Although foreclosures in the state have hit a five-year low, real estate experts say millions of Californians who owe more on their homes than they are worth might not see their situation improve for years.
“It’s a huge drain on the economy,” said Dean Baker, co-director of the Center for Economic and Policy Research, a liberal think tank. “All these people will be approaching retirement with very little money. Ordinarily, you’d expect to have money in your home. But a lot of folks will be lucky to have half their home paid off because they lost so much equity.”
According to the real estate tracking firm DataQuick, more than a third of California homes with mortgages were underwater in February. That includes homeowners who bought at the peak of the housing boom and those who used their home as equity to borrow more money than it is now worth.
Locally, the proportion of borrowers whose mortgages are worth more than their homes ranged from 28 percent in Santa Clara County to 42 percent in Solano County.
“Before the recession, during the housing boom, what fueled the economy in general was the concept that your home was your piggy bank, to do your vacation, remodel your house or make a major purchase,” said Ed Martinez, a senior economist at Moody’s Analytics.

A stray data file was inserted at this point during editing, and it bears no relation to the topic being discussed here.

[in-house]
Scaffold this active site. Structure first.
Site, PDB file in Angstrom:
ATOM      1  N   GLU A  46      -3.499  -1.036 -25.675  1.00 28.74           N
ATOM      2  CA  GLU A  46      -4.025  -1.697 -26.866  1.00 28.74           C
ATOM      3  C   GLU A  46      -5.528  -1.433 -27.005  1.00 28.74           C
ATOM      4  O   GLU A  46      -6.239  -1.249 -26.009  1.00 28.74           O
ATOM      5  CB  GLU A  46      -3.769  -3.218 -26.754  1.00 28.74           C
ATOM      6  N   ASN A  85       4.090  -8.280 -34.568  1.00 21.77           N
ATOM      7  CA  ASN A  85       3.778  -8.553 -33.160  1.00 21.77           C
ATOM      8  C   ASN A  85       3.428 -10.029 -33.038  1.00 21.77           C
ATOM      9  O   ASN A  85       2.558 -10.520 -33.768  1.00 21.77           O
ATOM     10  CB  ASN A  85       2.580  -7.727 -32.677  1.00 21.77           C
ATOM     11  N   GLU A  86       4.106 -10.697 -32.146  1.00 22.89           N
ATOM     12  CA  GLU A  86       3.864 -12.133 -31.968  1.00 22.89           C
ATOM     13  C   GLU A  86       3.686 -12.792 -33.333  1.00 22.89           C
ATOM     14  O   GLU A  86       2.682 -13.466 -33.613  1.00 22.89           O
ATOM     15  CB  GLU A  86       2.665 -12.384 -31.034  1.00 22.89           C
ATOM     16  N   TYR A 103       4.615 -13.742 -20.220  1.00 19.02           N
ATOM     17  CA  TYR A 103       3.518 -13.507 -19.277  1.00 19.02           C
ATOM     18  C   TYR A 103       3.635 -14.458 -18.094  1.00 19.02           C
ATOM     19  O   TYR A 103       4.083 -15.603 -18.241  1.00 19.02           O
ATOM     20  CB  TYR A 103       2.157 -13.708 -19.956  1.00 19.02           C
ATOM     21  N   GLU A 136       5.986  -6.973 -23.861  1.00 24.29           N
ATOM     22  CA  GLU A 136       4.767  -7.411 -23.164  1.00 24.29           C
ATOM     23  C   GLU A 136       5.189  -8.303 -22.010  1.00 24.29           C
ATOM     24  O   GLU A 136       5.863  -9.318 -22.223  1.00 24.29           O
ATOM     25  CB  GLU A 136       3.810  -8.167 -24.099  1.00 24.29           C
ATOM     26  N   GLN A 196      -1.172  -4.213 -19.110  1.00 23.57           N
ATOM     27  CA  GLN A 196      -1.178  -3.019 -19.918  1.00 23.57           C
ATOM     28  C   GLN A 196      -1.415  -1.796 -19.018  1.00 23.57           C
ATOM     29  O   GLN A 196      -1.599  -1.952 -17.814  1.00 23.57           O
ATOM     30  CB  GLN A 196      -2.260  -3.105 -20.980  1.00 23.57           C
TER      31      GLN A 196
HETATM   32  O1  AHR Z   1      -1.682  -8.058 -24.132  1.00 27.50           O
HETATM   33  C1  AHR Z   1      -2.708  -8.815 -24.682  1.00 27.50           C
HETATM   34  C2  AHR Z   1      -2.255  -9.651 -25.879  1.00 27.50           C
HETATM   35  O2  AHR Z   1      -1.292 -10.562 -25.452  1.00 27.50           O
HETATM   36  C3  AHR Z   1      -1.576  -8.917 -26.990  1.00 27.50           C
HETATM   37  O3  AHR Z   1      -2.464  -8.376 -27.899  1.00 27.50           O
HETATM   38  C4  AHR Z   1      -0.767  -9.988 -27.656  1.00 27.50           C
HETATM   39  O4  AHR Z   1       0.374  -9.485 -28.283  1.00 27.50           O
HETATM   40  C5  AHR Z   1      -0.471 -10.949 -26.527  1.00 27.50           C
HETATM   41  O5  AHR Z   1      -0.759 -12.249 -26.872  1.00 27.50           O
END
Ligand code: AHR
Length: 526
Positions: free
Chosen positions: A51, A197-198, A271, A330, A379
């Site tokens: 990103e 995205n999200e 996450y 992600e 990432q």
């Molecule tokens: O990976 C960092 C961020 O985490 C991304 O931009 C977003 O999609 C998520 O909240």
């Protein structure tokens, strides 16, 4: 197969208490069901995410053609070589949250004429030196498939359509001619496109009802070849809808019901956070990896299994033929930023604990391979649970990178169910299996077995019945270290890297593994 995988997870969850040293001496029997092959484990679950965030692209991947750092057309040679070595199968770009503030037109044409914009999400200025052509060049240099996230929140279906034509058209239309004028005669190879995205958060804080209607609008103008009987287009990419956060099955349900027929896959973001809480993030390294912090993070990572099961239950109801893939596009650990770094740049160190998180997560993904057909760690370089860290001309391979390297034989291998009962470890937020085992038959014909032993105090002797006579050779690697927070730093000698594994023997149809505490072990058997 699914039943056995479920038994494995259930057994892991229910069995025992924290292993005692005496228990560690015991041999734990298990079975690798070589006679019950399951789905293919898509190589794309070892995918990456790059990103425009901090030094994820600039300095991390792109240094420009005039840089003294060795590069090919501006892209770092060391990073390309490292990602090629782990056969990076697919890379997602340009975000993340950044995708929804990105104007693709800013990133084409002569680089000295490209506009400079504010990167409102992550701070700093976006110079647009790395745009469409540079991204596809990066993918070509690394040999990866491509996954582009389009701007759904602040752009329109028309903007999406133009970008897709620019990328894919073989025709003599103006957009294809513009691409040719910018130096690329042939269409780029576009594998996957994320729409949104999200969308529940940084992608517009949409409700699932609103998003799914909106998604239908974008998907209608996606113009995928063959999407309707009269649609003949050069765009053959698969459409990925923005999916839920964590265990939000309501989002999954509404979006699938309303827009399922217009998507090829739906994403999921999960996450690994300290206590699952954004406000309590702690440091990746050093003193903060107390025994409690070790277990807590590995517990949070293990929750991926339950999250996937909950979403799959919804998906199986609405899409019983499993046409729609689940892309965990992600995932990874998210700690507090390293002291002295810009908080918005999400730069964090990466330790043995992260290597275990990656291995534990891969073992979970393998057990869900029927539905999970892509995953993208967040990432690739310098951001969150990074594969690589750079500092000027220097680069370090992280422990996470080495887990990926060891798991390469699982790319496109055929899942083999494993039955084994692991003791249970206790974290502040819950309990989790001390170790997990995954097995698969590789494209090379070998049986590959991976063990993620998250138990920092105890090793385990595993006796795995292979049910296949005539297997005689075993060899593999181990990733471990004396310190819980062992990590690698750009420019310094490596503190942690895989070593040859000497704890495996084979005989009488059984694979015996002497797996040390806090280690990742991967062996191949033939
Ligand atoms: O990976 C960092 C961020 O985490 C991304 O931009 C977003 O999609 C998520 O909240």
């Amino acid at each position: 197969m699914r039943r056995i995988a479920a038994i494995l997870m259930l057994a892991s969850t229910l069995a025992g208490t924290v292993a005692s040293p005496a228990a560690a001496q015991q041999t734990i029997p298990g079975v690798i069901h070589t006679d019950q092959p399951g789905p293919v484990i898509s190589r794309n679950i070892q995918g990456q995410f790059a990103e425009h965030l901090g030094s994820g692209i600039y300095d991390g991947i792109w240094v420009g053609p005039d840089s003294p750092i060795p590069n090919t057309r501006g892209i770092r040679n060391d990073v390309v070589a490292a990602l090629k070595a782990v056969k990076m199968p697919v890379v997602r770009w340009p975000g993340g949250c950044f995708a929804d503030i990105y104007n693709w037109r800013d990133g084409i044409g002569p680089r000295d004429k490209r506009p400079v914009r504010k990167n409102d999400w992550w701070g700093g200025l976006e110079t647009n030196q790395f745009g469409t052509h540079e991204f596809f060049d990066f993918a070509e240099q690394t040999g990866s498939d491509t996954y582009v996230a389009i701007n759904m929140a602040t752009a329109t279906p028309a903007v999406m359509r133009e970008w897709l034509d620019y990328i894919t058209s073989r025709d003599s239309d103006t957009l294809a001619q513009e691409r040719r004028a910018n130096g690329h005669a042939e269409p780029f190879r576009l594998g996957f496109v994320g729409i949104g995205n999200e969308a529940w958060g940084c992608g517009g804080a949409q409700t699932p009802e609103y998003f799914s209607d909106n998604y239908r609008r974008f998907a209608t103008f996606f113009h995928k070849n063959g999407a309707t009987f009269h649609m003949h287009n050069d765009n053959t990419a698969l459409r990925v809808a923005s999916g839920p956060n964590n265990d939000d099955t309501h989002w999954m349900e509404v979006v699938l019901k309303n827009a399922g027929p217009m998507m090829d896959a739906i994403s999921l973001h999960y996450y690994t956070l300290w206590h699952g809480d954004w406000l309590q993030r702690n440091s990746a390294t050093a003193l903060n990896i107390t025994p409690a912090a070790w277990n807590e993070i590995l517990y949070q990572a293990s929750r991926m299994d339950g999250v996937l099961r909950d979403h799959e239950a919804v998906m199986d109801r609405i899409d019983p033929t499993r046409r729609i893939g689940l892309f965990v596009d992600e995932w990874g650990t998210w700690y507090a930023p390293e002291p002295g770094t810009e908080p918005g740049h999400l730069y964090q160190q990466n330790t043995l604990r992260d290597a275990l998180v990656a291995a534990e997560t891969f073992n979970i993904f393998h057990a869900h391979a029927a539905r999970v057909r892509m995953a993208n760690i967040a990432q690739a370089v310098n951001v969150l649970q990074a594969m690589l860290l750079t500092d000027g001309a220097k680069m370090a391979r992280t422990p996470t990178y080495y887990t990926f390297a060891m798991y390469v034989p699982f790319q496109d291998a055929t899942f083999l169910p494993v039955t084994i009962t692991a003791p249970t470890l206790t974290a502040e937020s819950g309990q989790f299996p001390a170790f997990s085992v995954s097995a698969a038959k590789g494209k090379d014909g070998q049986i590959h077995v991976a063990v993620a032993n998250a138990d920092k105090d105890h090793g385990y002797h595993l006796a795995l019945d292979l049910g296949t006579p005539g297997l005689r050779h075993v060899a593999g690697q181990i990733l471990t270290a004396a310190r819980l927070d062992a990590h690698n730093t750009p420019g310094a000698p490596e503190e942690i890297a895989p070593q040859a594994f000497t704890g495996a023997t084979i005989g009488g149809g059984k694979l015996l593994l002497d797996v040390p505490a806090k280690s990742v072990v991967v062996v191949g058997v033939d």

Now, Martinez said, consumer spending is down, in part because many of those homeowners cannot afford to shop for anything but the necessities.
So far, government efforts aimed at helping struggling homeowners have stalled as financial institutions have balked at writing down debt for large numbers of consumers. In February, California Attorney General Kamala Harris announced a settlement with the nation’s five largest banks that is expected to bring $12 billion in principal reduction to California borrowers.
But the relief will come over three years and is broadly seen as addressing only a small portion of the debt accrued by homeowners who are underwater.
According to the S&P/Case-Shiller Home Price Index, Bay Area home prices fell 1 percent from May 2011 to April 2012 and remained 40 percent below their May 2006 peak.
“I don’t know anybody in the industry who talks about anything getting back to their peak for anything like 10 years,” said DataQuick analyst Andrew LePage.
In the meantime, LePage said, many homeowners are unable to sell their homes without ruining their credit and therefore are unlikely to move – even for a better job.
“Lots of people are stuck, and lots of people will be stuck for years in most of the state,” he said.